Now onto the book. First off this is a really big book. I know that you can see that by just looking at the page numbers on this site but you don't always appreciate that till you see it. I think that each one of his books gets bigger and bigger, which is a shame since I prefer some of his shorter writings like 1066: The Year of the Three Battles. Now I'm not intimidated by a book's size but this one can be a chore.
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14 of 14 people found the following review helpful By Patrick Sullivan on February 8, 2010
Format: Hardcover
This book has so much background information, you sometimes forget you are reading about Marcus Aurelius.You will read about Julius Caesar`s war plans for the Parthian Empire. How Mark Anthony`s battle with the Parthian Empire, enabled Augustus to become the Emperor of Rome. Yes it was all very interesting, but just a little off track. The book ends up being much longer then necessary. The book does not have a table of contents, and the title of each chapter is blank.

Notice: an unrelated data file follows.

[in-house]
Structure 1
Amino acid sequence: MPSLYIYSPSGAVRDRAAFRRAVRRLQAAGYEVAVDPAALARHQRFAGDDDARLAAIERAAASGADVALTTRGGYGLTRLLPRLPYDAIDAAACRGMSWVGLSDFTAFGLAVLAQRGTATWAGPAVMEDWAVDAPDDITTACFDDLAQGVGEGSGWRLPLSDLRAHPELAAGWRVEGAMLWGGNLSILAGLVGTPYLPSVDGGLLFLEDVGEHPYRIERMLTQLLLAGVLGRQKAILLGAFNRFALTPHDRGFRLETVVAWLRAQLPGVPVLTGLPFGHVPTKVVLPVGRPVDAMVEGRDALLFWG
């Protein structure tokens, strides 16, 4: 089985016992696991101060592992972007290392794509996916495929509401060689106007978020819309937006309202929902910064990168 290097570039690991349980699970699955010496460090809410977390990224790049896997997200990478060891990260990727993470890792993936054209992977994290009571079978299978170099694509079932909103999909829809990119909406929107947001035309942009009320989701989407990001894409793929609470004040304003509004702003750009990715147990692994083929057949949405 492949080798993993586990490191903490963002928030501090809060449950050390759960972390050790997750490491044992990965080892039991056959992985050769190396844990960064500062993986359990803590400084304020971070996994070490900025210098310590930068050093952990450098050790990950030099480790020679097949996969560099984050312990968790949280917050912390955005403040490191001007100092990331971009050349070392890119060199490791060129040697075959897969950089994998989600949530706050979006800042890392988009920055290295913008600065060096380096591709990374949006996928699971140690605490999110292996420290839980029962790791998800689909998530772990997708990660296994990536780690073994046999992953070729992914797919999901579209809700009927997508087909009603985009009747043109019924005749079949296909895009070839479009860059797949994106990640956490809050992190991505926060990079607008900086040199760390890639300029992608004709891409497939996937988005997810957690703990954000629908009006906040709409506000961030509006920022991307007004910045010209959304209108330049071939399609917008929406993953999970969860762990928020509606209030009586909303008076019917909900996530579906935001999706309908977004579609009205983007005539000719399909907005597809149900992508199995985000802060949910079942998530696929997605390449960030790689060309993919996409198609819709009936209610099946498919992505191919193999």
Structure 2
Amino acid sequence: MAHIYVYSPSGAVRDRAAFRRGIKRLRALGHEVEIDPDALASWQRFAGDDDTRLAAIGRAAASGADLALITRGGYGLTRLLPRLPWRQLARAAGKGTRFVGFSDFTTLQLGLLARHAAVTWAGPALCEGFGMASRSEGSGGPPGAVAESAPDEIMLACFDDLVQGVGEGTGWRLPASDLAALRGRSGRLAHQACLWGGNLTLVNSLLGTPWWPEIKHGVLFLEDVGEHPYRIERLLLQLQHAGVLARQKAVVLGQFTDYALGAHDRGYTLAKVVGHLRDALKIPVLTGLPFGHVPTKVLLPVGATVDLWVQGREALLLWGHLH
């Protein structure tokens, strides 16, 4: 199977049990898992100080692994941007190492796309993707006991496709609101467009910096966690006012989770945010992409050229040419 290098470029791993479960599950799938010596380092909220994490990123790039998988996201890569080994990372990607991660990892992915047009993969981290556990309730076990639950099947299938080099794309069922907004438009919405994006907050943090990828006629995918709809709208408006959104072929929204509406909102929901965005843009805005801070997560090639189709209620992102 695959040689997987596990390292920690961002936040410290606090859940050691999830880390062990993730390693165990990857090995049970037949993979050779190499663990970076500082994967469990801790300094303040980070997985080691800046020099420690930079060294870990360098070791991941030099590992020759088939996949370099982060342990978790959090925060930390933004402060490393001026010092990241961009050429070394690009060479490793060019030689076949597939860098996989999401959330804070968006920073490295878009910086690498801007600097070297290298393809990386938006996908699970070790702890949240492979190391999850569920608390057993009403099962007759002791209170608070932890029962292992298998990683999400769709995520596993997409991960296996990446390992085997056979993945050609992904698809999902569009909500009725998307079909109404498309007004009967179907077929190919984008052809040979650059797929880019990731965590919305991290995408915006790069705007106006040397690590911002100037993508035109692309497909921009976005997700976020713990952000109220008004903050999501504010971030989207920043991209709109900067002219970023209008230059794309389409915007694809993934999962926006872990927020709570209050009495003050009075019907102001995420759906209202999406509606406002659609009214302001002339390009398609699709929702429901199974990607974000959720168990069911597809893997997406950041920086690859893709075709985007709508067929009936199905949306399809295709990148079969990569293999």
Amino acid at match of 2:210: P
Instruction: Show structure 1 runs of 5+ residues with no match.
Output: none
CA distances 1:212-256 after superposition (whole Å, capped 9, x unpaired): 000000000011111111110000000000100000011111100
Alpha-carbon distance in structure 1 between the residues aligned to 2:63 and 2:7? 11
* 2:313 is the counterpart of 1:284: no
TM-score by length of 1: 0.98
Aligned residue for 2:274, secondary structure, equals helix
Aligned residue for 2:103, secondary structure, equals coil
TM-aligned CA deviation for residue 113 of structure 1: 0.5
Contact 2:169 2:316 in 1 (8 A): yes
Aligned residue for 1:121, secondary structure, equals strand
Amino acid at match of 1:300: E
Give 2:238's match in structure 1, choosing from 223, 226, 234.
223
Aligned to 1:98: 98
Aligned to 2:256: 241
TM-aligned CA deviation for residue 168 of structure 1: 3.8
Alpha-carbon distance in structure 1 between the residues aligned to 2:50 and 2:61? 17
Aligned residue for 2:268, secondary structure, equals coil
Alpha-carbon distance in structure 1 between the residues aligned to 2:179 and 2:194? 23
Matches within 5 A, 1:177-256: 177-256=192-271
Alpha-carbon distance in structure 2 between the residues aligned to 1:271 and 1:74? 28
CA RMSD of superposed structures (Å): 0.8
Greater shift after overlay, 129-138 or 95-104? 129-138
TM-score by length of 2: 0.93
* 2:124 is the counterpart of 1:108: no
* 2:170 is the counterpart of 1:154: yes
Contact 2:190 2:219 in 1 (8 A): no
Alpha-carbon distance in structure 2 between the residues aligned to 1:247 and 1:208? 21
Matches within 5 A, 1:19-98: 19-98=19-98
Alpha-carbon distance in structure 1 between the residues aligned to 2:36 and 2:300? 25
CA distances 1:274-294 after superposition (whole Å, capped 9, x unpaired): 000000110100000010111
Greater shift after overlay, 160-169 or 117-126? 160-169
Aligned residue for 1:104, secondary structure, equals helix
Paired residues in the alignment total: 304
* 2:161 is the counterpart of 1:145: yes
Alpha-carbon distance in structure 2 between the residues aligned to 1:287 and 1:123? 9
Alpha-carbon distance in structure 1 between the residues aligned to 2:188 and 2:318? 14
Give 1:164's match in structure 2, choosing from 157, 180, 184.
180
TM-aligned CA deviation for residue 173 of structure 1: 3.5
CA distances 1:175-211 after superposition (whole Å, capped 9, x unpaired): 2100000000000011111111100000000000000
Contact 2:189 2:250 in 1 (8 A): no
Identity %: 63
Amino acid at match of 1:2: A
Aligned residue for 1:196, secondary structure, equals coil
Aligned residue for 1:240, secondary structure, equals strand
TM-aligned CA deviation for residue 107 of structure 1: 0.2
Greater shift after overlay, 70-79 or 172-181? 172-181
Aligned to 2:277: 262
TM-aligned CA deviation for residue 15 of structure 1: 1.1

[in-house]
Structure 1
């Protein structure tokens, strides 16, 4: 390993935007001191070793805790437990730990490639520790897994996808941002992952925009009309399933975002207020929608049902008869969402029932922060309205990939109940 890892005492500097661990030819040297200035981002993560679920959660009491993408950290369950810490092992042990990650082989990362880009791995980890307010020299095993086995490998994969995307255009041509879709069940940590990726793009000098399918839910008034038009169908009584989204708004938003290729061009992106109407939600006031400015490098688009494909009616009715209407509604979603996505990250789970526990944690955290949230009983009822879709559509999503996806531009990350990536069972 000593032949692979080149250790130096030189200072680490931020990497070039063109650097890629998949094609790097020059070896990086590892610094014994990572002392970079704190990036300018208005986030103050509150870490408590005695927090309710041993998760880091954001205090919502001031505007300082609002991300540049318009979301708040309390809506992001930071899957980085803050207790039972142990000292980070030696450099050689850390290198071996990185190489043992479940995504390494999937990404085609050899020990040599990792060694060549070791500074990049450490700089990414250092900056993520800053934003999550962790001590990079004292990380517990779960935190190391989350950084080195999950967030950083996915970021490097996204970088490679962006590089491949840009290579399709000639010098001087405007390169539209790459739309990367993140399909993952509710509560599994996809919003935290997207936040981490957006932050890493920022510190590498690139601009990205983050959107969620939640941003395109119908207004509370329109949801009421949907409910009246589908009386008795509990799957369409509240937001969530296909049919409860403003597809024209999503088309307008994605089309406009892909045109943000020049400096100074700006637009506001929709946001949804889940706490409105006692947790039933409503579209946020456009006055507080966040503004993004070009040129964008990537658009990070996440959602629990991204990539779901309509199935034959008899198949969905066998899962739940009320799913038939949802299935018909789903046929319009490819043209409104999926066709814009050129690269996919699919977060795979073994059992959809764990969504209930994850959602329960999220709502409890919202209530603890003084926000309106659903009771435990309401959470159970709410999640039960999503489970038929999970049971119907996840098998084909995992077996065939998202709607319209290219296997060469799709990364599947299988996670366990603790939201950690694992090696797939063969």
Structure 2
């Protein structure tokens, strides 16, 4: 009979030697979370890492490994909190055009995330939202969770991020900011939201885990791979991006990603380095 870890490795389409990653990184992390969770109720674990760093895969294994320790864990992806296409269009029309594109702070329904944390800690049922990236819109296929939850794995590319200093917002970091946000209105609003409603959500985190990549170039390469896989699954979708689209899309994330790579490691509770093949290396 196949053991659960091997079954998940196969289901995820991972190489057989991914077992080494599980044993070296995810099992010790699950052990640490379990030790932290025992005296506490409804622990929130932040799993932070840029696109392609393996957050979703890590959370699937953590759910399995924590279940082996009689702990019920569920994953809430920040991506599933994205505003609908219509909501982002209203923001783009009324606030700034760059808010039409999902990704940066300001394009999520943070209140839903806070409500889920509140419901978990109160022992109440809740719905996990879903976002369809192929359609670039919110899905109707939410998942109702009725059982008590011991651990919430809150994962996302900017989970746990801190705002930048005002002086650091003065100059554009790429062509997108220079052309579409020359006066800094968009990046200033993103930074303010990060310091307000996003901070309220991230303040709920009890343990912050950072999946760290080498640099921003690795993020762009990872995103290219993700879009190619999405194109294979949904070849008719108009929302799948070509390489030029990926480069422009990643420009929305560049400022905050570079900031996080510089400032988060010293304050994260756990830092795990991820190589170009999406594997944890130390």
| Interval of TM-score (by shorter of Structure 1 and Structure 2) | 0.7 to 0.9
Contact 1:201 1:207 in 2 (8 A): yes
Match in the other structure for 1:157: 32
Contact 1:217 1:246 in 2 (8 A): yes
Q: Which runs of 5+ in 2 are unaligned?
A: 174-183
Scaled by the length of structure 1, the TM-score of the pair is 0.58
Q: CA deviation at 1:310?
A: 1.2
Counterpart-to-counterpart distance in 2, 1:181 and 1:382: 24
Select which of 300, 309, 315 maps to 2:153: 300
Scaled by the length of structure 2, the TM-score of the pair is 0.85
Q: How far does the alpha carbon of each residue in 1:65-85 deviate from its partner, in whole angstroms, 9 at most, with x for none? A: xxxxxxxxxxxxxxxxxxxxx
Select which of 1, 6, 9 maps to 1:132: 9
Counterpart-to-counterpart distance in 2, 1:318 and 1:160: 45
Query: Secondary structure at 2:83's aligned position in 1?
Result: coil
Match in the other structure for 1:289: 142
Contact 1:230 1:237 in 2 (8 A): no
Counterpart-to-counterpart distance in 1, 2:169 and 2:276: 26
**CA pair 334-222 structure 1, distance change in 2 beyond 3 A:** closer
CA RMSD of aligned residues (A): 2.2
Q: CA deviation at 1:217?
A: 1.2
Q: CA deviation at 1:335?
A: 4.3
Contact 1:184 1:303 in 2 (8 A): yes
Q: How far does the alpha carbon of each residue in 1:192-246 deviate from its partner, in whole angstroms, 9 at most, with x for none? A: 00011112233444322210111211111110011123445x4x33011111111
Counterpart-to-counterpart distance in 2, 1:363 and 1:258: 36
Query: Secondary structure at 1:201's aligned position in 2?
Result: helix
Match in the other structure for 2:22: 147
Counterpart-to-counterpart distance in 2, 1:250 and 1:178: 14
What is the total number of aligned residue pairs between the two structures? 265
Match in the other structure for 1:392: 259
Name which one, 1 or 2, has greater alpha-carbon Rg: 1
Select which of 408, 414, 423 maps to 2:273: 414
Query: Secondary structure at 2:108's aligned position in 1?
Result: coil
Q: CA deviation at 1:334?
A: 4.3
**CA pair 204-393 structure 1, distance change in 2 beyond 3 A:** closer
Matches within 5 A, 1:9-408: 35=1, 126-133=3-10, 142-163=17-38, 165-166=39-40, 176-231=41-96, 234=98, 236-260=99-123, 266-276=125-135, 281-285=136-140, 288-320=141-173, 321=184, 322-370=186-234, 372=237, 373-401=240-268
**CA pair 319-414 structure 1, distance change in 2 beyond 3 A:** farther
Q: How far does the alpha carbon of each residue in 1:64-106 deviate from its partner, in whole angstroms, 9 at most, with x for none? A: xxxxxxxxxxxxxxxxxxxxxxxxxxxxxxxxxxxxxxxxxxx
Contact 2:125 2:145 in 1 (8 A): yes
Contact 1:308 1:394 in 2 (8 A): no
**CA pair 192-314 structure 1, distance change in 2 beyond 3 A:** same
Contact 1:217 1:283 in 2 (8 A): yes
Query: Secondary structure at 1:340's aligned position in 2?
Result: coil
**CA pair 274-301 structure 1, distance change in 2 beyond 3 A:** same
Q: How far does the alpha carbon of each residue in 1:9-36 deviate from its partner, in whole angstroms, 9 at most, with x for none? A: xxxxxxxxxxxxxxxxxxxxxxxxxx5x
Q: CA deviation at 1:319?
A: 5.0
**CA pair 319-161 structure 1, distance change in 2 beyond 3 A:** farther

The reader will end up getting all the details of Aurelius`s life. It is just going to take a while. The chapter on Emperor Commodus, was quite gripping. Commodus combines Stalin like purges of the government, with the sadistic living of a serial killer.
In the very last chapter there was a reference to Ulysses S. Grant`s Personal Memoirs, and Aurelius`s Meditations. This gives you an idea, just how far off track McLynn manages to get.